Imágenes(4)
Previous page
Next page
Reclamaciones(20)
What is claimed:
1. A diagnostic or therapeutic contact lens for use in examination or treatment of the eye of a patient comprising,
a lens body constructed of a rigid, transparent material and having a concave posterior surface with a curvature substantially conforming to the curvature of the cornea of the eye, said posterior surface being movable on said cornea during examination or treatment of the eye, a peripheral edge formed by the thickness of said lens body wherein the thickness of said lens body will prevent closure of the eyelid of said eye when the contact lens is positioned in the cornea of the eye, and an anterior surface spaced from posterior surface by the thickness of said lens body,
said posterior surface having means for permitting the egress of air from between said posterior surface and the surface of the cornea to substantially eliminate the formation of air bubbles in at least the optical portion of said posterior surface which would adversely affect examination or treatment of the eye using the contact lens.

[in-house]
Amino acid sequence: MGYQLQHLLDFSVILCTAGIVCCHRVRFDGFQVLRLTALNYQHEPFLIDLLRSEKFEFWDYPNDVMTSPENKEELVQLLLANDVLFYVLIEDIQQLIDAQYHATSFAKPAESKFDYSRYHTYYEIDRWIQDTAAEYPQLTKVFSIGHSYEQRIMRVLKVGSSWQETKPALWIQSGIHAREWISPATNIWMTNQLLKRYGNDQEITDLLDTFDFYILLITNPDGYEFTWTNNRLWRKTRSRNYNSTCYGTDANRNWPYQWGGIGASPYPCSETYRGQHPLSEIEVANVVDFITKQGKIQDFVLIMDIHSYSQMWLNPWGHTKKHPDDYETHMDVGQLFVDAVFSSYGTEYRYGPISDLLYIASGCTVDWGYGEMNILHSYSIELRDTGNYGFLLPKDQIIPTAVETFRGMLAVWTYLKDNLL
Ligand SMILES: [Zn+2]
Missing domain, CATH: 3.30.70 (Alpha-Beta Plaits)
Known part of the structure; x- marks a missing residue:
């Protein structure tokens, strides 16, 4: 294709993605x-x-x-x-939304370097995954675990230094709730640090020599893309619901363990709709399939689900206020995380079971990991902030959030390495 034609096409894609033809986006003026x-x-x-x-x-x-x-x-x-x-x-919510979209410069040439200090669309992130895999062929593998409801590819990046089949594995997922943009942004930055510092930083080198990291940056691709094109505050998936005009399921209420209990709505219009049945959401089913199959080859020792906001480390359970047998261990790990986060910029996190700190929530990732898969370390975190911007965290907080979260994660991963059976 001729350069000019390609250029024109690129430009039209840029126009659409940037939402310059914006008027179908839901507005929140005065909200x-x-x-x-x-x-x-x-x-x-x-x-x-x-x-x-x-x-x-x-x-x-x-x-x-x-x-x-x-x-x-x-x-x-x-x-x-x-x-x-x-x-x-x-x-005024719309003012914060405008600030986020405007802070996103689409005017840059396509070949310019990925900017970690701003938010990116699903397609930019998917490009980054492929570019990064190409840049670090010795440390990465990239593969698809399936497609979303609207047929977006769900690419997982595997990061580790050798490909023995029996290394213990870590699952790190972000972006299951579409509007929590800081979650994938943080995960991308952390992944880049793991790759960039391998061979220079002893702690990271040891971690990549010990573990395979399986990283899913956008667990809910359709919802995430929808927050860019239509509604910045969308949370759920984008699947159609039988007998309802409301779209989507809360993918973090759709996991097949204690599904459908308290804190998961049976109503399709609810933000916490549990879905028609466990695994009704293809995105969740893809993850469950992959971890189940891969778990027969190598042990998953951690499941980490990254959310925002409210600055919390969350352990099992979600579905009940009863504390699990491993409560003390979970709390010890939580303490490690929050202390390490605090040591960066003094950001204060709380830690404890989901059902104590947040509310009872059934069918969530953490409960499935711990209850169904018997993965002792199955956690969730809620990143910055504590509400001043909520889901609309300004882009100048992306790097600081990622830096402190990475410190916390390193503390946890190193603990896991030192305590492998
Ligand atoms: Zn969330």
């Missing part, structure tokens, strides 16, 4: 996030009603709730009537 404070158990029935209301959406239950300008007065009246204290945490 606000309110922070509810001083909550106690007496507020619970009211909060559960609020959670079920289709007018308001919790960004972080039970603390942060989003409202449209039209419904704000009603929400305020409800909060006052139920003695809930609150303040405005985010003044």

2. The diagnostic or therapeutic contact lens as in claim 1, wherein,
said means for permitting the egress of air comprises at least one channel formed in said posterior surface, said at least one channel being positioned relative to said optical region, such that air entrapped between said posterior surface and the cornea will be displaced from said optical region into said at least one channel.
3. The diagnostic or therapeutic contact lens of claim 2, wherein,
said at least one channel extends from said optical portion of the posterior surface toward the peripheral edge and communicates with the peripheral edge of said lens body.
4. The diagnostic or therapeutic contact lens of claim 2, wherein,
a plurality of channels are formed in said posterior surface, with at least one of said plurality of channels being inscribed in said posterior surface about said optical portion, and at least one other of said plurality of channels extends from said inscribed channel toward and communicates with the peripheral edge of said lens body.
5. The diagnostic or therapeutic contact lens of claim 2, wherein,